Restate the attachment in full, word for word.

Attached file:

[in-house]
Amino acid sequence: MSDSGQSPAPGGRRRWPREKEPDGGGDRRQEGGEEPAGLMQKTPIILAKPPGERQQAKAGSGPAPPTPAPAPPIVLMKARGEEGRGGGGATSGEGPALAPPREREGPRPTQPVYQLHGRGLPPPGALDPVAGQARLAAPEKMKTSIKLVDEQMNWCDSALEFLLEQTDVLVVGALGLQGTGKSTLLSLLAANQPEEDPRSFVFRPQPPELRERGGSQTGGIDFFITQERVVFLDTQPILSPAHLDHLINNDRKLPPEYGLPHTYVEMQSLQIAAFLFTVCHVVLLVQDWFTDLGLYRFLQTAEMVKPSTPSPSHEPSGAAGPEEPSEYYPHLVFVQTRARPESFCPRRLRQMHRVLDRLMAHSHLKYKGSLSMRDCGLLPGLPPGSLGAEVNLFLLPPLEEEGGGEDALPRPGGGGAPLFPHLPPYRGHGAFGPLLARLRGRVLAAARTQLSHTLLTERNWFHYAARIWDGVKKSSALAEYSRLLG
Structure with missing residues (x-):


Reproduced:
[in-house]
Amino acid sequence: MSDSGQSPAPGGRRRWPREKEPDGGGDRRQEGGEEPAGLMQKTPIILAKPPGERQQAKAGSGPAPPTPAPAPPIVLMKARGEEGRGGGGATSGEGPALAPPREREGPRPTQPVYQLHGRGLPPPGALDPVAGQARLAAPEKMKTSIKLVDEQMNWCDSALEFLLEQTDVLVVGALGLQGTGKSTLLSLLAANQPEEDPRSFVFRPQPPELRERGGSQTGGIDFFITQERVVFLDTQPILSPAHLDHLINNDRKLPPEYGLPHTYVEMQSLQIAAFLFTVCHVVLLVQDWFTDLGLYRFLQTAEMVKPSTPSPSHEPSGAAGPEEPSEYYPHLVFVQTRARPESFCPRRLRQMHRVLDRLMAHSHLKYKGSLSMRDCGLLPGLPPGSLGAEVNLFLLPPLEEEGGGEDALPRPGGGGAPLFPHLPPYRGHGAFGPLLARLRGRVLAAARTQLSHTLLTERNWFHYAARIWDGVKKSSALAEYSRLLG
Structure with missing residues (x-):